On Stereotypes about African Religions

Managing Director’s Note: all Contributing Scholars begin writing by answering the following question as their first post: Why are you committed to building relationships with those from different religious or ethical traditions? Their answer to this question is below.

It is hard to believe that, as little as six years ago, I was spiritually in the closet. In my professional work as a psychotherapist and professional development trainer, people had often sensed I was deeply spiritual. Yet, no one asked me about my spiritual belief system. Being an African American woman, most of them automatically assumed I identified as Christian. While I was raised in the Baptist faith as a young person, the few people I had the courage to reveal my full self to were very surprised to learn I was a practitioner of Indigenous African religion.

I am an initiated priestess in a spiritual tradition that originates from the Yoruba culture of southwest Nigeria known as Ifa. This has been my path for more than 12 years. Today I can share this part of myself with little worry or fear of possible discrimination, but it was not always this way. You may wonder, “What changed for her?” The answer is, “Becoming an ordained minister.”

Attending a two year Interfaith and Interspiritual seminary program has been one of the most transformative and healing experiences of my life. I witnessed firsthand the growth that happens when people from different ethnicities, sexual orientations, religious backgrounds, professions and all walks of life come together to learn and maintain a sacred container that can hold each other’s stories and experiences.

Due to some of the mis-perceptions and stereotypes about African Religions, I carried preconceived notions that only certain people would value my experience without prejudice. My first year in seminary completely dismantled my own assumptions about who and how other people would judge me. Instead of people reacting with apprehension and fear, I was embraced with open arms and encouraged to share this part of myself publicly.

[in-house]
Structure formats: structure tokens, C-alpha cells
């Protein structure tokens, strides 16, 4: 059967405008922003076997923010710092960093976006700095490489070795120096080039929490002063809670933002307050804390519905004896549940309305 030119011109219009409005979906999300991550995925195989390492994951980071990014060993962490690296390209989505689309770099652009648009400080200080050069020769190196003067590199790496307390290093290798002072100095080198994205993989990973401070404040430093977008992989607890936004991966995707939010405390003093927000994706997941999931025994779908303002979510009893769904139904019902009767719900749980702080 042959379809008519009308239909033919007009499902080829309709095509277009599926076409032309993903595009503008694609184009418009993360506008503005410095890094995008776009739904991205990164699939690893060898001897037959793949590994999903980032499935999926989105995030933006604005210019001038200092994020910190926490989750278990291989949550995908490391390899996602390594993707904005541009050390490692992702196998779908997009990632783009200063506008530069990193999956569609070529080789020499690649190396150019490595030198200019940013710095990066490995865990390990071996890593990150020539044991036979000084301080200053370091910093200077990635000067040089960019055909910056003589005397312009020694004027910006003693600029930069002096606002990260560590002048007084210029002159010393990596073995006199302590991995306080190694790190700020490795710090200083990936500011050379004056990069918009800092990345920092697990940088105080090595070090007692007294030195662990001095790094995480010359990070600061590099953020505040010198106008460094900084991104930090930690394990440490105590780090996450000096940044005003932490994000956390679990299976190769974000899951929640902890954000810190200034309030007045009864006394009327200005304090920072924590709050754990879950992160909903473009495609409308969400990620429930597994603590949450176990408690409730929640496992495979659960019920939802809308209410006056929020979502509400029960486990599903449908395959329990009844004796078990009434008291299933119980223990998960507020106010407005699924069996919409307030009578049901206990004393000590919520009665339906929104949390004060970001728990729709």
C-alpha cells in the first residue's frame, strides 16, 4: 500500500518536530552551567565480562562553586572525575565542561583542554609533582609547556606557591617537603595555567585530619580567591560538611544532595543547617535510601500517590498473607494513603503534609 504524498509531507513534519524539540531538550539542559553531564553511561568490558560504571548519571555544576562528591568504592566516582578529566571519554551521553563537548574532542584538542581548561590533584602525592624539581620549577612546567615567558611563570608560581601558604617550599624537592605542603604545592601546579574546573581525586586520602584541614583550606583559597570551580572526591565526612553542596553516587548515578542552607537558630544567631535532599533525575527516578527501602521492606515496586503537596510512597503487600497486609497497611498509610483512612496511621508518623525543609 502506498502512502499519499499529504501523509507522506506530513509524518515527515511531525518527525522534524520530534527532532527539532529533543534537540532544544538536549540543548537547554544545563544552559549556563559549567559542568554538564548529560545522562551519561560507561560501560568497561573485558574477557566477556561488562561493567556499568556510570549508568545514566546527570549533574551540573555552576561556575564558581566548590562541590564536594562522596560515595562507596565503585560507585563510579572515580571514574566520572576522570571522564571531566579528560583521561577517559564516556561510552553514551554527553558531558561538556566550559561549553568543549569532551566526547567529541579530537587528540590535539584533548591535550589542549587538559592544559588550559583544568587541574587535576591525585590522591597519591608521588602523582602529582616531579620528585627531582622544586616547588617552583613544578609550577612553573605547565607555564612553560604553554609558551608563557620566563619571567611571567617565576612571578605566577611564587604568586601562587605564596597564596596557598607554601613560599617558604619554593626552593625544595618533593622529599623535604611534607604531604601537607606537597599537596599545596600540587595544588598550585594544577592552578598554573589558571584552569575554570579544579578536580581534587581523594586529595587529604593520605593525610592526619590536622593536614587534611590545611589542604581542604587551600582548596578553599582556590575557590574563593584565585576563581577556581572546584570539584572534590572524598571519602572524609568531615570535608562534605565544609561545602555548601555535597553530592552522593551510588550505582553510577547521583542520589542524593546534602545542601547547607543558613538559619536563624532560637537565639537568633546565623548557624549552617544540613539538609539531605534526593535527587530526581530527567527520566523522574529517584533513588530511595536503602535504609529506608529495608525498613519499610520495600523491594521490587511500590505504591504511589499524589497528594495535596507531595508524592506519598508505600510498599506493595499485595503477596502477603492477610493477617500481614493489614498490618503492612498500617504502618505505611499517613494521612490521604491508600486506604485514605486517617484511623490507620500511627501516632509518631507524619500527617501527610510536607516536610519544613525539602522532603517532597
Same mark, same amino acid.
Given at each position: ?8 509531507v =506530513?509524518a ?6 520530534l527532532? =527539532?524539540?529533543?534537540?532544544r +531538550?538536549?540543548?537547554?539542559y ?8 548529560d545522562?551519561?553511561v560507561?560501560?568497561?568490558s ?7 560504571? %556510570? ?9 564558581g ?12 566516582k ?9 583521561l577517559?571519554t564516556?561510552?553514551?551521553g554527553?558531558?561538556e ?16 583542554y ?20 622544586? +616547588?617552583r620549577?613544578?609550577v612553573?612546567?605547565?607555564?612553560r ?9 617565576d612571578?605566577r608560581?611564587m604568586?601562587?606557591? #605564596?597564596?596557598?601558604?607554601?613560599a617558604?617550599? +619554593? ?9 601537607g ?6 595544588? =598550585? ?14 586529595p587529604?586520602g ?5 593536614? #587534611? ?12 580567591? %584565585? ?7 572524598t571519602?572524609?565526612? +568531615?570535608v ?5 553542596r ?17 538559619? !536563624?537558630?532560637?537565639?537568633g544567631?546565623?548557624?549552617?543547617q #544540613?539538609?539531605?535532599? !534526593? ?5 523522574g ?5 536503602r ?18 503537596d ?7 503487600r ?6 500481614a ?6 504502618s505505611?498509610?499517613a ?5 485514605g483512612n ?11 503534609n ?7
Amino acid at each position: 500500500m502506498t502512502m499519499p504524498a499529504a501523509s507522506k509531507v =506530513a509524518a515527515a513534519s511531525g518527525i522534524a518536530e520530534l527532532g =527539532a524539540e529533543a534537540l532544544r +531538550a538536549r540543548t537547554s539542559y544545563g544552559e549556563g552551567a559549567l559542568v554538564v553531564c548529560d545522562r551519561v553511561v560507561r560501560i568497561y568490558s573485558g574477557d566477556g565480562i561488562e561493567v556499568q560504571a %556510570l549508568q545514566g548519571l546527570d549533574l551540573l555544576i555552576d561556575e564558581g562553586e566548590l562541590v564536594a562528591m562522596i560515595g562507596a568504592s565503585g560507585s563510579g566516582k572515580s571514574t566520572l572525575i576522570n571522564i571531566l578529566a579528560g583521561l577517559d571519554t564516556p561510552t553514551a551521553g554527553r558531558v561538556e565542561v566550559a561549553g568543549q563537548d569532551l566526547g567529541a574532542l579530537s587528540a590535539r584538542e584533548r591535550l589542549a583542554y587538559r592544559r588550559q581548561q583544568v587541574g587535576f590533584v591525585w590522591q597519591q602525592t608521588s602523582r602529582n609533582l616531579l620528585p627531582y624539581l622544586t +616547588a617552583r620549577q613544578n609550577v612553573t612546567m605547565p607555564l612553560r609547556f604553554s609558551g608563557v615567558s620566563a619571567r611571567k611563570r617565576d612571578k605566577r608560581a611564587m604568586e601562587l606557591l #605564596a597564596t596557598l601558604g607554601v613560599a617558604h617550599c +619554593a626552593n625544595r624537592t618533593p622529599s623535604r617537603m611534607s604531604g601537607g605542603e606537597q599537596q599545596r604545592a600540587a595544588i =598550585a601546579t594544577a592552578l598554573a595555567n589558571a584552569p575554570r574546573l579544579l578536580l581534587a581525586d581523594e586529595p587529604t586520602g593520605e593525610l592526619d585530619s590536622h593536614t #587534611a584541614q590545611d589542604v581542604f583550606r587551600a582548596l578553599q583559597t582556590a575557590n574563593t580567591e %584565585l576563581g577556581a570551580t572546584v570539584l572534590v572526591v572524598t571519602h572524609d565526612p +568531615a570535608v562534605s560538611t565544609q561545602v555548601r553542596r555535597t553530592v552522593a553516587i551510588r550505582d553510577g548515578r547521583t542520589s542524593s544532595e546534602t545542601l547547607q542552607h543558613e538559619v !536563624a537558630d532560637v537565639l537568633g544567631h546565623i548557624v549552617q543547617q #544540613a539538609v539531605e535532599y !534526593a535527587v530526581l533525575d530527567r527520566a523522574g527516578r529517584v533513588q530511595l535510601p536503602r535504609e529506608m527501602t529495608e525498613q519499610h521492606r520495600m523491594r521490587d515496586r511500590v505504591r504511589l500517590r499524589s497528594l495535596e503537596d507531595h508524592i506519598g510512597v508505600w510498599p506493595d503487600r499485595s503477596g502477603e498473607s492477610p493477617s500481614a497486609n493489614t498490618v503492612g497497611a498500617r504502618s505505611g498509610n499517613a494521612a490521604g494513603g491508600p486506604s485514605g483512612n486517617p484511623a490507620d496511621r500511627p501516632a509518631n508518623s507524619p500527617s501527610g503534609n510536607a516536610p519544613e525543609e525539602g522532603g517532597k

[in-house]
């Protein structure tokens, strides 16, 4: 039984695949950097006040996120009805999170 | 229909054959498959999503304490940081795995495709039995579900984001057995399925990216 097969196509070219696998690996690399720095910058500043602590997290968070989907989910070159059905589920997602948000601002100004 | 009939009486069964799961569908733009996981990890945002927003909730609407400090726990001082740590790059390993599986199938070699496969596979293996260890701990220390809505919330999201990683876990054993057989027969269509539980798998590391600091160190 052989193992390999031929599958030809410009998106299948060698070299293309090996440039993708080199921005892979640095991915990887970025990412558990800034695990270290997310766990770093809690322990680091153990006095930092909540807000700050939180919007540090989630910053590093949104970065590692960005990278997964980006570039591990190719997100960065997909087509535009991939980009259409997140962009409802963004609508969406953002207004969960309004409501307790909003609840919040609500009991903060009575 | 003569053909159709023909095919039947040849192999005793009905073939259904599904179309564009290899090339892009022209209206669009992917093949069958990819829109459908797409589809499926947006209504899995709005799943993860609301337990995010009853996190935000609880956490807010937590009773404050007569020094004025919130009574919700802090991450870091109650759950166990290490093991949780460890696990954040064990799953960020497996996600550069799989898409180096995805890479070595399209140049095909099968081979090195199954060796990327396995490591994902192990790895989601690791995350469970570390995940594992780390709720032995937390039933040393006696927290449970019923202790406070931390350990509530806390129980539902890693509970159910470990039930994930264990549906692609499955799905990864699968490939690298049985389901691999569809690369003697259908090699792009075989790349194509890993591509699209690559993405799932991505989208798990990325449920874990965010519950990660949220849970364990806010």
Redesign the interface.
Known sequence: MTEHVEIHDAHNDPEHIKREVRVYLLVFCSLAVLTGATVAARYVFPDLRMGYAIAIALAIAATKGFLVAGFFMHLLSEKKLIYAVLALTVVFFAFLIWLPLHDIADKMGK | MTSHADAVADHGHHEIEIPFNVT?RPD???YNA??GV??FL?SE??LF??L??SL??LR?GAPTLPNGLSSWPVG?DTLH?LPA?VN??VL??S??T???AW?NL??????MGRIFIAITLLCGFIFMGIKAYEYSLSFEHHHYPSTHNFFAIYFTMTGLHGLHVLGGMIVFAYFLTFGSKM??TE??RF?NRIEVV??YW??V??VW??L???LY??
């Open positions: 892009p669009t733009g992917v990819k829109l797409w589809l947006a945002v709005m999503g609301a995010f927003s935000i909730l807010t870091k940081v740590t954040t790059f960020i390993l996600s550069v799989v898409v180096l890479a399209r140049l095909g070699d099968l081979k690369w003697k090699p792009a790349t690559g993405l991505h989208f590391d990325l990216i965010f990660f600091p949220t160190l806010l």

If I had not studied religions and philosophies with people who truly believed we are all one in spite of our differences, I never would have realized the similar connections that Ifa has with other traditions. My Ifa teacher often says, “S/he who knows one book knows none. The truth is the same everywhere, only the lie is different.”

Since my ordination and graduation, my work has expanded to educating people about sexual abuse and providing healing services in faith based communities. I would not have had the capacity to do this work, nor been requested to, if my view of the world did not change. I believe in Interfaith & Interspiritual work that builds bridges across difference because it expands our capacity to be present.

I once heard a workshop presenter say, “All folks really want to know is: Do you see me? Do you hear me? Does what I say matter to you?” I was given a precious gift of freedom when I was truly seen and heard. It is my personal vow to put love in action by passing on this precious gift to others.

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4 thoughts on “On Stereotypes about African Religions

  1. DeShannon,
    Thank you so very much for sharing yourself and your tradition with us! I have often longed for the conversation that included non-traditional religious traditions, for lack of a better word. Please do a few articles on the basics of your tradition. Ifa 101 and Ifa 102 would be wonderful way to help those of us without any knowledge of that faith to learn how it compares and contrasts to other faiths, but more importantly how those traditions inform your everyday life! I look forward to so much more from you!

    1. Hi Ellie,

      Thank you for your response! I’ll be happy to write more about Ifa and African spiritual view points in future posts. In April, I’ll be heading to Harvard University to present at the African Diasporic Religious Studies Association (ADRSA) conference with other scholar-practitioners. Its a free event and people come from all over the U.S and abroad. If you are ever in the area or know anyone who’d like to attend, there is more info at http://adrsa.org. Looking forward to connecting with you and other beautiful souls in this space.

  2. Hi DeShannon, i was inspired after reading your article. I am an African student who is pursuing my masters degree in Literature. I love to read, most especially when the literature is from the horse’s own mouth, it is so refreshing. My late grand uncle was a very great fetish priest himself. He could conjure fresh tilapia from the sky for his family most especially when the rains were not forthcoming in order for the family to harvest some fresh fish. Interestingly, he became born again and he received Christ before he died. But the lesson both you and late grand uncle taught me was your powerful social role to humanity, most especially aggrieved victims in our societies. My late grand uncle had great knowledge about herbs and he in various ways heals all manner of sickness, ailments and afflictions that were brought to him. He was a great man indeed. Thank you for the wonderful work that you doing. Keep it up. You are the kind of people society truly needs.

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